In the spring of 2017, our community, Peninsula Sinai Congregation, gave our Greenberg Religious School a Hebrew name. After the students and parents voted for their favorite, they chose Kesher, a word that means “connection.” I’ve found that picking a name for someone else, for yourself, or to describe an experience that you had, is always a daunting feat. You want to make sure it fits just right, that it’s easy to say, and that it conveys something about your identity. Although to be fair, often we are given one name, and then through the journeys we take in life, we redefine it’s meaning.
This is exactly what happens to our Patriarch, Jacob, in this week’s Torah portion, Parashat Vayishlach. Just prior to being reunited with his brother Esau, Jacob wrestles with a mysterious assailant in the middle of the night. After emerging wounded yet victorious, the unnamed “ish” (Hebrew for “man” blesses Jacob with a new name, Yisrael, “the one who struggles with beings Divine and human and prevailed” (Genesis 32:29). What’s remarkable about this new name is that embedded within it are “connections” to Jacob’s identity, past, present and future. Even though he is now “Israel,” he will always have a part of him that is “Jacob,” his birth name given to him by his parents Isaac and Rebecca. At present, the name Israel reminds us of what it means to wrestle and struggle throughout life, in our relationships with others and with God. And in the future, this name will become a name not only for Jacob’s children, B’nai Yisrael, but for the Jewish people, Am Yisrael.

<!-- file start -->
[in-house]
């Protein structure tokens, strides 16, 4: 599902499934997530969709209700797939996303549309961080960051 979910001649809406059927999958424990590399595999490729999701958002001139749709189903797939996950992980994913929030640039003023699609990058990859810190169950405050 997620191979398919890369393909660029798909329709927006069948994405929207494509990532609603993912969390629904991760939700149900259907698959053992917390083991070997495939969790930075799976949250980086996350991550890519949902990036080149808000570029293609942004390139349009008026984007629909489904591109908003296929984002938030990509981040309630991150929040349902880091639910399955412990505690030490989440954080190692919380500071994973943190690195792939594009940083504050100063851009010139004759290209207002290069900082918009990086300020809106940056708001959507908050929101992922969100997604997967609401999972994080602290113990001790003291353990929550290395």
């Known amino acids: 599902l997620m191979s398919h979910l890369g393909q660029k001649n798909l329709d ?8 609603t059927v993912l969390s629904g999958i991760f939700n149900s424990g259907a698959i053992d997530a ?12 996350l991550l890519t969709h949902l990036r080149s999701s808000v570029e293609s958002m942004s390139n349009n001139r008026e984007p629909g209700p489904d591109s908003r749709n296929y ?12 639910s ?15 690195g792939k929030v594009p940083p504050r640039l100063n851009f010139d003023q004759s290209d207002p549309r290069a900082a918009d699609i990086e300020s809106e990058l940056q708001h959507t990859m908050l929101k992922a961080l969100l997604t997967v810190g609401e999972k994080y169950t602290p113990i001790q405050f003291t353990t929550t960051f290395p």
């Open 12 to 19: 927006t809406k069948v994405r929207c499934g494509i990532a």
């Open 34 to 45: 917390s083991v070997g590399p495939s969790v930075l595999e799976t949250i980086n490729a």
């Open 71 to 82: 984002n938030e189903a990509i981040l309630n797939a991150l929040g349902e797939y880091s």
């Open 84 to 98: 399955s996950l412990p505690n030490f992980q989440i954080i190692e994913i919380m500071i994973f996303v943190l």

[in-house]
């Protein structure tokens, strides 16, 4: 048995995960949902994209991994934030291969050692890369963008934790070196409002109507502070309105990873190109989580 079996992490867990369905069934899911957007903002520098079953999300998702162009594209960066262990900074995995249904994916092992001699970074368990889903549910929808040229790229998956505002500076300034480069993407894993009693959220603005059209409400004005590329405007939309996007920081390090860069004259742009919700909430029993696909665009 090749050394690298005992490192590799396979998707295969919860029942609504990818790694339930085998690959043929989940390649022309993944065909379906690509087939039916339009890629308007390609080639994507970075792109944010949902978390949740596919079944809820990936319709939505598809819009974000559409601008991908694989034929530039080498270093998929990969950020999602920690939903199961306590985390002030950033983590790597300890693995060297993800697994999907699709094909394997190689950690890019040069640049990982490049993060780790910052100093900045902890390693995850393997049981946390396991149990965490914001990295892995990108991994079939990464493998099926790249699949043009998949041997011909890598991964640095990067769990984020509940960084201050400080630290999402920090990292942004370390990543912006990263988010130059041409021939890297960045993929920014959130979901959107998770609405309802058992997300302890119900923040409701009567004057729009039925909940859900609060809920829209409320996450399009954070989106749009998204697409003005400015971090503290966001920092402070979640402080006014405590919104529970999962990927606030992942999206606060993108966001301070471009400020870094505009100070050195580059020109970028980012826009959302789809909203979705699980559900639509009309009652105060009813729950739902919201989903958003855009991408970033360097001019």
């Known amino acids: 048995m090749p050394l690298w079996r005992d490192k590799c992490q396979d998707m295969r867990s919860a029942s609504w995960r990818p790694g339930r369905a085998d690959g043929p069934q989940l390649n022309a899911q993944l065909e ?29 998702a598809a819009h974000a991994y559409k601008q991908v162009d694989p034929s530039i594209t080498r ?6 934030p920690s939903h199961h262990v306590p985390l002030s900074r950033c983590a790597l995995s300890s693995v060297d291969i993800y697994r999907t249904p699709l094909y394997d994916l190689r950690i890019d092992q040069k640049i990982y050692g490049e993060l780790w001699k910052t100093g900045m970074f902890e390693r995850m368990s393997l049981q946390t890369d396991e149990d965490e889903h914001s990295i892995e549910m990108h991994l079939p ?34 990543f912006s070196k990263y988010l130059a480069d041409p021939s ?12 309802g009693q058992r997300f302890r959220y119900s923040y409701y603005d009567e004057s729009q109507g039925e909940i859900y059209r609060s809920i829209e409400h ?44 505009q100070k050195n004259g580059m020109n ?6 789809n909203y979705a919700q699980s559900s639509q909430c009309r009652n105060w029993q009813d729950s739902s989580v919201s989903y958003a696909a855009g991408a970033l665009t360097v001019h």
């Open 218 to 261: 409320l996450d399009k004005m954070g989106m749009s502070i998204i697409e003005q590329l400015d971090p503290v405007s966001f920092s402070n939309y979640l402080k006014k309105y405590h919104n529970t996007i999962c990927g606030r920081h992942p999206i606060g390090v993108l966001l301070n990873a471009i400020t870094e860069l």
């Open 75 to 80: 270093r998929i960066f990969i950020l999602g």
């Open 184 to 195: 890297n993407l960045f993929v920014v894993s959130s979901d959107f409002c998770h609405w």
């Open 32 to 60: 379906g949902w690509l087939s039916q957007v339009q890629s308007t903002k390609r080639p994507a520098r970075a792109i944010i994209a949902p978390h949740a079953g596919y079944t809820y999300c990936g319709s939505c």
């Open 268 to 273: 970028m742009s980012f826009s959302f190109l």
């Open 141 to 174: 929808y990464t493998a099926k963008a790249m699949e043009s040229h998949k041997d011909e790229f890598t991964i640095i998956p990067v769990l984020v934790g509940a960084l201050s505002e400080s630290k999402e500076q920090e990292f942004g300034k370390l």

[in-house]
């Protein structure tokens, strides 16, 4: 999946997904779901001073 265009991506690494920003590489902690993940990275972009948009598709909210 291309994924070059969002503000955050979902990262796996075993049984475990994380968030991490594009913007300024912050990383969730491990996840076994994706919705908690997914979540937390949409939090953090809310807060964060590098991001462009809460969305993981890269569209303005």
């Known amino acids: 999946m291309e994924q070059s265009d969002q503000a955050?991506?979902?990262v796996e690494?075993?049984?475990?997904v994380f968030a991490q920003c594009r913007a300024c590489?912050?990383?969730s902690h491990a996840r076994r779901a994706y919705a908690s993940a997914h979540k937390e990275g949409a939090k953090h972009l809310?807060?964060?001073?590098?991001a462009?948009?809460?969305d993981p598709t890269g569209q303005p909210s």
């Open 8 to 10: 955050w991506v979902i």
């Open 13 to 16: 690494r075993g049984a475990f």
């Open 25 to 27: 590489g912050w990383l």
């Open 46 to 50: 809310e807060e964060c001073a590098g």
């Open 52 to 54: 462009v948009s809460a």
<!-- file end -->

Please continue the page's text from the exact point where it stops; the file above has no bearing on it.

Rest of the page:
In thinking about all of these new names, I remember when our newfound camp was simply called Ramah of Northern California. It was simple and appropriate, yet there was still something missing. And then came Ramah Galim (waves), a name that reminds us of the blessings of being the only Ramah camp by the Ocean, a name that my kids immediately link to the Himnon (camp song) where we sing Osim Galim, and a name that now has memories from two summers with many more to come. And today, inspired by the example of Ramah, our Kesher program, is making new “connections” between our students and parents. We do this by connecting Jewish living and practice to everyday life not only through the Peninsula Sinai community, but through our partnership and connection with Ramah Galim.
This weekend, as we prepare for another Kesher Shabbat at PSC, our Kesher students and parents will join the entire community for Shabbat morning, blessed to also have Rabbi Sarah Shulman and Alana Tilman in our midst. It will be the ultimate “Kesher–connection” between Ramah Galim, PSC and the Kesher program. Being in partnership with Ramah Galim helps our students and families enjoy the taste of Ramah Galim throughout the year and gets them excited about joining the Galim community next summer. This Shabbat, as you read about Jacob becoming Israel, think about your name and what it means to you and to others. And if you’re up for a challenge, consider coming back to camp or joining Ramah Galim for the first time next summer. I’m confident that it’s impact on your name will be life-changing.
Rabbi Corey Helfand
Peninsula Sinai Congregation
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Camp Ramah in Northern California operates under the educational guidance of the National Ramah Commission and is supported by an accelerator grant from the Foundation for Jewish Camp and the Avi Chai Foundation. Camp Ramah in Northern California also receives financial support from the Jewish Community Federation and Endowment Fund. Camp Ramah in Northern California is a proud partner of the Ziegler School of Rabbinic Studies.